I have Haynes Repair Manual and fuses are numbered and I think Elec B is fuse 26. Connects to lots of things including Daytime Light COntrol Unit (fog lamps, parking light, etc), door locks, power windows, etc and ECM

Cusser 12-21-2017 08:50 AM

Quote:

Originally Posted by mikeinFL (Post 103411)
It would not start because in the morning the battery had dropped under 12 volts.

OK, apologize - because you do have a real problem.

When it would not start, did the starter click, or grunt and stop? Did you measure voltage across the battery terminals DURING the attempt to start, like 10 seconds in?

What voltage were you reading on those mornings? I've seen batteries reading under 11.5 volts that readily could spin an engine and start a vehicle.

Did you clean the connections on the starter itself?

Download the factory service manuals here, might have to download one chapter at a time. Nissan Frontier Factory Service Manuals

On my '98 Frontier, had an intermittent in the electrical part of the ignition switch, lost some batteries until I figured that out. So I had to replace that, was pretty straightforward, just the steering wheel upper and lower covers had to come off.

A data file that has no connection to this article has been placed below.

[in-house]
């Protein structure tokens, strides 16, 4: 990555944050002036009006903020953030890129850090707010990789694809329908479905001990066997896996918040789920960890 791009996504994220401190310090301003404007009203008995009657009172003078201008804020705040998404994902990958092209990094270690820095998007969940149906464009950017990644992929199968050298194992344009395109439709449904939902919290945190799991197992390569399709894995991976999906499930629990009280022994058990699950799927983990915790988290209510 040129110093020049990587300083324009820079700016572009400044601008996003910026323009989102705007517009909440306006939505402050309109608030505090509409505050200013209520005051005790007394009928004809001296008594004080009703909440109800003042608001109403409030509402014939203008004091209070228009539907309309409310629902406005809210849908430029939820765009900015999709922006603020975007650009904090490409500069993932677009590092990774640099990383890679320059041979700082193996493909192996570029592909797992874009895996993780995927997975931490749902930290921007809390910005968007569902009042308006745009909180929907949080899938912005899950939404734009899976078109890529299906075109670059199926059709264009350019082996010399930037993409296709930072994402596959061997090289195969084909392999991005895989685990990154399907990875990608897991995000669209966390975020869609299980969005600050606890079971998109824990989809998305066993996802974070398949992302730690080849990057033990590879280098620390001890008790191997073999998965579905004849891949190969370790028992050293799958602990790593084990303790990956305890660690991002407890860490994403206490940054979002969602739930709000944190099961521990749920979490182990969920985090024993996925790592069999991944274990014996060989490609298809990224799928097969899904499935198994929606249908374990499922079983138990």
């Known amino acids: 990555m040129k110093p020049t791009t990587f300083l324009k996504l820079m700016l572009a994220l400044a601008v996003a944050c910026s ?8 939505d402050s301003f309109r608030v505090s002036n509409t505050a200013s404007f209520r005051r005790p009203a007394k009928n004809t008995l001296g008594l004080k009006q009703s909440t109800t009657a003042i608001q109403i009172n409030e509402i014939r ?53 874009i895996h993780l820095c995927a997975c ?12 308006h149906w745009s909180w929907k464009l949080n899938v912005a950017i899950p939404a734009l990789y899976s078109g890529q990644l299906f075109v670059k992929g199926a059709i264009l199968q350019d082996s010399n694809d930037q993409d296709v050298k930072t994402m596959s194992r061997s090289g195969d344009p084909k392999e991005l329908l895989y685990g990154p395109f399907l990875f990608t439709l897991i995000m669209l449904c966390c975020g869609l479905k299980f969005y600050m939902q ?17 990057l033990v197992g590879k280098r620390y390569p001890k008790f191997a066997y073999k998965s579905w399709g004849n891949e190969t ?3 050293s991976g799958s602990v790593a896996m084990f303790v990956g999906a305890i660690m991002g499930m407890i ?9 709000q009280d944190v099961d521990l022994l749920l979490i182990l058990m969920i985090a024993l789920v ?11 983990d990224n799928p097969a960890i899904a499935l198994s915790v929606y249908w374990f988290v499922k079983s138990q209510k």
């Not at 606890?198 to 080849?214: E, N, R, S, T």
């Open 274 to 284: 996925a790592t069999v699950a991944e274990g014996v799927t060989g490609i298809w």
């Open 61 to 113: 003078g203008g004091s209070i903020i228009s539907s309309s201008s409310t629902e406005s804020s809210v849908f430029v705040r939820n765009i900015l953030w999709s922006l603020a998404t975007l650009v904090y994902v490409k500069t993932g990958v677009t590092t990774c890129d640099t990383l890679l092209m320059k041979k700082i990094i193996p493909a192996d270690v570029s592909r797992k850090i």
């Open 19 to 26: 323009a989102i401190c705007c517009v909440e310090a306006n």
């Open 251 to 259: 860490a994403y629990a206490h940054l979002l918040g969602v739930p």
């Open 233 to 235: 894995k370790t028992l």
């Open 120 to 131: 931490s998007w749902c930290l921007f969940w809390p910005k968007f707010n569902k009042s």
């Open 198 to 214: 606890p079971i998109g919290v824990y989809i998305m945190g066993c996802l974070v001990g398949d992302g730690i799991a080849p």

smj999smj 12-21-2017 01:03 PM

Quote:

Originally Posted by mikeinFL (Post 103411)
I found that after driving a while the battery charges up to 12.88v area. And with no load will drop back to 12.6 range overnight. Is this normal for a battery?

I tested the alternator at 2000 RPM, lights and AC on: 14.51 steady volts.

The battery isn't charging "up to 12.88" after driving, it's that the battery voltage was charging at 14+ volts and now that the engine is shut off, the static charge of the battery is still elevated from being charged at 14+ volts while driving and it needs a little time to settle back down. This is perfectly normal. Usually anything around 12.2-12.6 volts (static charge) is perfectly acceptable. Charging system voltage can range from 13.2-15.5 volts and be within range, but most late model Nissans tend to sit in that 14.4-14.7 charging volts range. Btw, charging system voltage should be tested at idle and at 3000 RPM, with both loads "on" and loads "off." It's also a good idea to check the battery cable connections to make sure they are clean and tight whenever there are electrical issues. Some batteries, especially those made by Johnson Controls (which makes about half of the automotive batteries on the market), are made with smaller diameter battery post than they used to be years ago and this causes a lot of poor connection issues.